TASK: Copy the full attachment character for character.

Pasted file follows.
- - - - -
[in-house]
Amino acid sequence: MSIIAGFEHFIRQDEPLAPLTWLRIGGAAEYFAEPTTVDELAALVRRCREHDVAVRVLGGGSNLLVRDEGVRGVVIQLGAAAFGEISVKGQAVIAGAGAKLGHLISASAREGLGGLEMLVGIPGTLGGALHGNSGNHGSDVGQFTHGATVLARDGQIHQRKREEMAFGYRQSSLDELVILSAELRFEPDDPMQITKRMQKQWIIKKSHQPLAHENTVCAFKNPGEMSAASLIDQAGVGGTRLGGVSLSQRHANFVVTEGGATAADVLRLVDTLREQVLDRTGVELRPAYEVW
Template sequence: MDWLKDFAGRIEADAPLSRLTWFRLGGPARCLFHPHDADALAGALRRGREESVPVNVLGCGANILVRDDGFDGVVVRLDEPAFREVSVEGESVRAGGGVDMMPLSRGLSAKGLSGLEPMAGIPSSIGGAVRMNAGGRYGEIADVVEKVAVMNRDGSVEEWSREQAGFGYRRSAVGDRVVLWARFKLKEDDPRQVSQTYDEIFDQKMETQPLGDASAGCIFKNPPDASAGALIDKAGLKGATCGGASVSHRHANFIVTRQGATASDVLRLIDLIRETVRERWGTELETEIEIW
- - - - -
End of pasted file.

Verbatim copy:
[in-house]
Amino acid sequence: MSIIAGFEHFIRQDEPLAPLTWLRIGGAAEYFAEPTTVDELAALVRRCREHDVAVRVLGGGSNLLVRDEGVRGVVIQLGAAAFGEISVKGQAVIAGAGAKLGHLISASAREGLGGLEMLVGIPGTLGGALHGNSGNHGSDVGQFTHGATVLARDGQIHQRKREEMAFGYRQSSLDELVILSAELRFEPDDPMQITKRMQKQWIIKKSHQPLAHENTVCAFKNPGEMSAASLIDQAGVGGTRLGGVSLSQRHANFVVTEGGATAADVLRLVDTLREQVLDRTGVELRPAYEVW
Template sequence: MDWLKDFAGRIEADAPLSRLTWFRLGGPARCLFHPHDADALAGALRRGREESVPVNVLGCGANILVRDDGFDGVVVRLDEPAFREVSVEGESVRAGGGVDMMPLSRGLSAKGLSGLEPMAGIPSSIGGAVRMNAGGRYGEIADVVEKVAVMNRDGSVEEWSREQAGFGYRRSAVGDRVVLWARFKLKEDDPRQVSQTYDEIFDQKMETQPLGDASAGCIFKNPPDASAGALIDKAGLKGATCGGASVSHRHANFIVTRQGATASDVLRLIDLIRETVRERWGTELETEIEIW